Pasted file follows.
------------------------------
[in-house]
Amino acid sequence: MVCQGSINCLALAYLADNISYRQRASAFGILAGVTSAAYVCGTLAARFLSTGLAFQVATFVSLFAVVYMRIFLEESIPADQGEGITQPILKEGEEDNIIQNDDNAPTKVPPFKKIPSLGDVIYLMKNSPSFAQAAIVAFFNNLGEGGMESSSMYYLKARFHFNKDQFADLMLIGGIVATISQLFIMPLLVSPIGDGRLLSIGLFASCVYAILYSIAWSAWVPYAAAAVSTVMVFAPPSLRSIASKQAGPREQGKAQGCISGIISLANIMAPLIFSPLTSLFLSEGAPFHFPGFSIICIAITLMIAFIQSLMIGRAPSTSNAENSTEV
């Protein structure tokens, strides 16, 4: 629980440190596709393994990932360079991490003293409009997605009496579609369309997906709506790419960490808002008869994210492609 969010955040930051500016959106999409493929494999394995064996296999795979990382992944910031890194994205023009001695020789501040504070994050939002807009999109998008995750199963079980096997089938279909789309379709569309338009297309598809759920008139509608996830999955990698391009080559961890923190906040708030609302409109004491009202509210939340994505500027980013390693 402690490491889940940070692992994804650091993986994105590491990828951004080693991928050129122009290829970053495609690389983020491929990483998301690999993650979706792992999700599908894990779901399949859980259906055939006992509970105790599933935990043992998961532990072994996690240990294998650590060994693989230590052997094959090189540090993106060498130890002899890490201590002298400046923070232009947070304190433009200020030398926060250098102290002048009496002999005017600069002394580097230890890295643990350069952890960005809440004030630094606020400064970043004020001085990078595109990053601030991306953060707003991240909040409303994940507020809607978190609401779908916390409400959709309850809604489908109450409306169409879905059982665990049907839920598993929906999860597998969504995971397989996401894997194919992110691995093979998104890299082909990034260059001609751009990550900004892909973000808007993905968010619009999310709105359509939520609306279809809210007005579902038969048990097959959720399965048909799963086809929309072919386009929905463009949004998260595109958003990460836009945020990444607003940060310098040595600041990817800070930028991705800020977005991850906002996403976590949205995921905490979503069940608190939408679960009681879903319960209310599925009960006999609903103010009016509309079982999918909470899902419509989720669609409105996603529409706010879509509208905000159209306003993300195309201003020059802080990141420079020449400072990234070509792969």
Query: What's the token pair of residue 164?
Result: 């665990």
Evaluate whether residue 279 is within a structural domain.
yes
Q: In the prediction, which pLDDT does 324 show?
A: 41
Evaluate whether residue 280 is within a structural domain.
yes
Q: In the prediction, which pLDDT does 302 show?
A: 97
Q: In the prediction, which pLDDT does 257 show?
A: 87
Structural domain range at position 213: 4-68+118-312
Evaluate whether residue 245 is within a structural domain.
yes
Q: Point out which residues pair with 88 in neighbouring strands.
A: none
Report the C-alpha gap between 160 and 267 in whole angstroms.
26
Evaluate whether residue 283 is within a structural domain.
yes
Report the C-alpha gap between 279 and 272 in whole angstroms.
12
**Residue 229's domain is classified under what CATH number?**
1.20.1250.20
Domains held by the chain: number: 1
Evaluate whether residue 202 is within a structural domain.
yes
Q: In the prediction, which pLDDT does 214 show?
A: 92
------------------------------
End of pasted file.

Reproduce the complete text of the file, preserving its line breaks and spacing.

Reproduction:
[in-house]
Amino acid sequence: MVCQGSINCLALAYLADNISYRQRASAFGILAGVTSAAYVCGTLAARFLSTGLAFQVATFVSLFAVVYMRIFLEESIPADQGEGITQPILKEGEEDNIIQNDDNAPTKVPPFKKIPSLGDVIYLMKNSPSFAQAAIVAFFNNLGEGGMESSSMYYLKARFHFNKDQFADLMLIGGIVATISQLFIMPLLVSPIGDGRLLSIGLFASCVYAILYSIAWSAWVPYAAAAVSTVMVFAPPSLRSIASKQAGPREQGKAQGCISGIISLANIMAPLIFSPLTSLFLSEGAPFHFPGFSIICIAITLMIAFIQSLMIGRAPSTSNAENSTEV
């Protein structure tokens, strides 16, 4: 629980440190596709393994990932360079991490003293409009997605009496579609369309997906709506790419960490808002008869994210492609 969010955040930051500016959106999409493929494999394995064996296999795979990382992944910031890194994205023009001695020789501040504070994050939002807009999109998008995750199963079980096997089938279909789309379709569309338009297309598809759920008139509608996830999955990698391009080559961890923190906040708030609302409109004491009202509210939340994505500027980013390693 402690490491889940940070692992994804650091993986994105590491990828951004080693991928050129122009290829970053495609690389983020491929990483998301690999993650979706792992999700599908894990779901399949859980259906055939006992509970105790599933935990043992998961532990072994996690240990294998650590060994693989230590052997094959090189540090993106060498130890002899890490201590002298400046923070232009947070304190433009200020030398926060250098102290002048009496002999005017600069002394580097230890890295643990350069952890960005809440004030630094606020400064970043004020001085990078595109990053601030991306953060707003991240909040409303994940507020809607978190609401779908916390409400959709309850809604489908109450409306169409879905059982665990049907839920598993929906999860597998969504995971397989996401894997194919992110691995093979998104890299082909990034260059001609751009990550900004892909973000808007993905968010619009999310709105359509939520609306279809809210007005579902038969048990097959959720399965048909799963086809929309072919386009929905463009949004998260595109958003990460836009945020990444607003940060310098040595600041990817800070930028991705800020977005991850906002996403976590949205995921905490979503069940608190939408679960009681879903319960209310599925009960006999609903103010009016509309079982999918909470899902419509989720669609409105996603529409706010879509509208905000159209306003993300195309201003020059802080990141420079020449400072990234070509792969």
Query: What's the token pair of residue 164?
Result: 């665990």
Evaluate whether residue 279 is within a structural domain.
yes
Q: In the prediction, which pLDDT does 324 show?
A: 41
Evaluate whether residue 280 is within a structural domain.
yes
Q: In the prediction, which pLDDT does 302 show?
A: 97
Q: In the prediction, which pLDDT does 257 show?
A: 87
Structural domain range at position 213: 4-68+118-312
Evaluate whether residue 245 is within a structural domain.
yes
Q: Point out which residues pair with 88 in neighbouring strands.
A: none
Report the C-alpha gap between 160 and 267 in whole angstroms.
26
Evaluate whether residue 283 is within a structural domain.
yes
Report the C-alpha gap between 279 and 272 in whole angstroms.
12
**Residue 229's domain is classified under what CATH number?**
1.20.1250.20
Domains held by the chain: number: 1
Evaluate whether residue 202 is within a structural domain.
yes
Q: In the prediction, which pLDDT does 214 show?
A: 92